Most students were satisfied with their school's academic standards. When asked if their schoolwork and tests were too difficult, just right or too easy, 78% of the 12- to 17-year-olds in the survey responded that their schoolwork was just right. Only 12% of these students felt their academic requirements were too hard, and 9% said too easy.

A smaller majority (61%) of their parents agreed with their children's assessment, but nearly a third (30%) responded that academic requirements placed on their children are too easy. Only 8% felt that their children's schoolwork was too hard.

A slim majority of parents and three out of five teachers feel that all students are treated equally in public schools. Kids perceive no difference in treatment.

Sixteen percent of parents and 20% of teachers named whites as the group treated preferentially over other students, 9% of parents and 6% of teachers cited Latinos, while 14% of parents and 6% of teachers weren't sure if one group was treated better than another. Virtually no one named blacks or Asians as recipients of preferential treatment.

Asian parents were the most likely at 61% to perceive racial equality in the classrooms, while black parents were the most likely to perceive favoritism toward whites (23%) and Latinos (13%), with only one in ten saying they weren't sure. Thirteen percent of white parents said white children receive preferential treatment, 10% named Latinos and 15% said they didn't know.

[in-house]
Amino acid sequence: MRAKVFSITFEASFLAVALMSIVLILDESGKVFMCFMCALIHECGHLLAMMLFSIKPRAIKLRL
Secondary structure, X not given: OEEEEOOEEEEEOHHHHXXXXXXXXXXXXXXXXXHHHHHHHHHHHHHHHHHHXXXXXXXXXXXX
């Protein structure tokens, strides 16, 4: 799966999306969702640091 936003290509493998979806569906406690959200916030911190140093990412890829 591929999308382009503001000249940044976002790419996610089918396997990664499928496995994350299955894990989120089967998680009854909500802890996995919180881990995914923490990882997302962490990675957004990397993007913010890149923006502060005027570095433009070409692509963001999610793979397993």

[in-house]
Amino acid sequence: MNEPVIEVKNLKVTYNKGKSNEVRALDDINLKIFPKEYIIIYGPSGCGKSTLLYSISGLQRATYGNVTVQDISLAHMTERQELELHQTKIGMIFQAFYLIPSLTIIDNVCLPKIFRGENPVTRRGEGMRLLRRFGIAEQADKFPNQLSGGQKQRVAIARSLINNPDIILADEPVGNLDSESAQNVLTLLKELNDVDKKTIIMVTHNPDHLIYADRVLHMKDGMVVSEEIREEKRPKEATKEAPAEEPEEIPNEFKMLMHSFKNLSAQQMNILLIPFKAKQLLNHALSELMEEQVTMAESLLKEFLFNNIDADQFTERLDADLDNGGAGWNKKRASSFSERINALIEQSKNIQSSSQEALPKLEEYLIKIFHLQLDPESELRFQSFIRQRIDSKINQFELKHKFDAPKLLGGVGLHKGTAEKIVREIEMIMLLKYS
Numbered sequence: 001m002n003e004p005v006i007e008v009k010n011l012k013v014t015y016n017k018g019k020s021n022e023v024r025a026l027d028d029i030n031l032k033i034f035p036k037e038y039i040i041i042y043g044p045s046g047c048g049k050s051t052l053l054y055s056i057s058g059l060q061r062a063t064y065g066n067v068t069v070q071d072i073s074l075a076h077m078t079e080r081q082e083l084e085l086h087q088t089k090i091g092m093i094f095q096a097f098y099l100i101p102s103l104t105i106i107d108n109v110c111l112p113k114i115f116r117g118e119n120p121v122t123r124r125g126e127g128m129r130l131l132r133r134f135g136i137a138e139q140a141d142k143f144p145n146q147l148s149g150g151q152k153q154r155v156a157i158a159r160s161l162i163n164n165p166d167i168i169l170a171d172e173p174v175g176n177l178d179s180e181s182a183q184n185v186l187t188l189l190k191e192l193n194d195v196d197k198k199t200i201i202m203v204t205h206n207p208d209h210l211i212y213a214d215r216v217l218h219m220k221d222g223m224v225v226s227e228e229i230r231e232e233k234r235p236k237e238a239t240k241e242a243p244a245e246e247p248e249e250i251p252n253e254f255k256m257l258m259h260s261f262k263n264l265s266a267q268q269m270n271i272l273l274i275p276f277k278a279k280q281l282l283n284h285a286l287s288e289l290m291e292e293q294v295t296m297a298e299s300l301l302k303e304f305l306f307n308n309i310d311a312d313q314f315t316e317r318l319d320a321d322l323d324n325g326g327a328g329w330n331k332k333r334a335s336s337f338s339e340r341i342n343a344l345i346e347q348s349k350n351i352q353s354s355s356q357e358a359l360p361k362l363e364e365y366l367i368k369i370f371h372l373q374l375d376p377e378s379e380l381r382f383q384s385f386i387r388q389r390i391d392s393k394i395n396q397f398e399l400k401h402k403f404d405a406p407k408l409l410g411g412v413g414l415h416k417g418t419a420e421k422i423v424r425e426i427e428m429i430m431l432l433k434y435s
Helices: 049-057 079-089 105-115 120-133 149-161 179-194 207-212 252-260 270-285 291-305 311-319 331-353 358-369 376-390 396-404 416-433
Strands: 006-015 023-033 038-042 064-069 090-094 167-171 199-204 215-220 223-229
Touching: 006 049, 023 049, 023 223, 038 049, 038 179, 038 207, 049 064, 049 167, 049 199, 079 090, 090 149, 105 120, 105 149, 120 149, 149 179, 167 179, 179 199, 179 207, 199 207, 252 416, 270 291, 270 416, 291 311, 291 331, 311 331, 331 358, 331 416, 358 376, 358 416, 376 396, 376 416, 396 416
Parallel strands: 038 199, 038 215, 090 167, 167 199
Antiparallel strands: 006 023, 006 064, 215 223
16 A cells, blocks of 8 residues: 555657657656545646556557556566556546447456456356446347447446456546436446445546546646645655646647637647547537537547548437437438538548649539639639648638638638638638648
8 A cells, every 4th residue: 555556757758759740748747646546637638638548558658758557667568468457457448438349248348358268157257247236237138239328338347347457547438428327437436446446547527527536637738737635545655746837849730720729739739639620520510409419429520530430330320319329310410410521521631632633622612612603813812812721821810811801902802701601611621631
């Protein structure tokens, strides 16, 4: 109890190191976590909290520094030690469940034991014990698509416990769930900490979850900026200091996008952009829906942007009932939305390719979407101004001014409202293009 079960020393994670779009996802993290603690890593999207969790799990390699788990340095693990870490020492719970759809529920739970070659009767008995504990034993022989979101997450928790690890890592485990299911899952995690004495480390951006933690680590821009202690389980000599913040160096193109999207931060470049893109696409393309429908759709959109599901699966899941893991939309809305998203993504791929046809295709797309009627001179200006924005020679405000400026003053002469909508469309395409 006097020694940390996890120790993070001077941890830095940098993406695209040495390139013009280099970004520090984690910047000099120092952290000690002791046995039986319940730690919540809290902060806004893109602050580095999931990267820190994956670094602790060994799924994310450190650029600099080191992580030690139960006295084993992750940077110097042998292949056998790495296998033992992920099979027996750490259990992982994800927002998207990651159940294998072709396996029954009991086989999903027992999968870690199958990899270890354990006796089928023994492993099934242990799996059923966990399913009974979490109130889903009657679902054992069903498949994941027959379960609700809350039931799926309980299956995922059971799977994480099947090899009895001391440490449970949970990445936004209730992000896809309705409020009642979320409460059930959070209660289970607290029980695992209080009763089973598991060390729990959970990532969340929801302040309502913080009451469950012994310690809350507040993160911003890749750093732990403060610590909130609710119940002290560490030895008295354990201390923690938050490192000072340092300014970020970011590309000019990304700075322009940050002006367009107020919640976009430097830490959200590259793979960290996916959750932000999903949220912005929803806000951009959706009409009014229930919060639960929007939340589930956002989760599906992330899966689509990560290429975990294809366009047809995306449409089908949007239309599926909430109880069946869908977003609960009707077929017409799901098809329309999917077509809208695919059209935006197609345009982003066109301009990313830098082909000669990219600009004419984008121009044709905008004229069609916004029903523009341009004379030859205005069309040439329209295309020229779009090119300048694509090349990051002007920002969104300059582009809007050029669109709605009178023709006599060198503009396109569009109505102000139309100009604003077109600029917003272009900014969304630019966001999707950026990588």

With the optimism of the young, four out of every five public school children (82%) perceived an equality of treatment among all racial and ethnic groups in their own schools. Eight percent of kids named whites and 4% named Latinos as the group treated best.

When the parents who responded that they believed one group gets preferential treatment (or weren't sure) were asked if any groups are treated worse than others, unsurprisingly, more than one out of every four parents named blacks (11%) or Latinos (15%) as the group receiving discriminatory treatment. One out of three teachers (35%) who felt that some students receive discriminatory treatment agreed with that assessment.

Just over half (53%) of black parents said their children do not receive enough attention from their teachers. This contrasts with the majorities of white, Latino and Asian parents who felt that their child receives enough attention from their teachers. Parents who felt their children are being slighted were twice as likely to give public school teachers in general below average ratings than their more satisfied counterparts.

Teenagers overall were content with the attention they received, 76% of middle school students and 68% of high schoolers said that they got enough personal attention from their teachers. One out of three parents (34%) and 27% of all kids said they did not get enough attention from their teachers. (Note that there were not enough children in the survey to break them out by race. If their parents are any indication, the response to this question might possibly vary among racial groups.)

Kids find classroom disruption and drug use on campus to be serious problems, but not overcrowding. Parents are not clued-in.

Fifty-eight percent of middle school students and nearly the same number of high school students reported their classroom was disrupted more than three times a week by students acting up or causing trouble. This includes a sizable number of students, close to two in five, who said their classrooms were upset every day.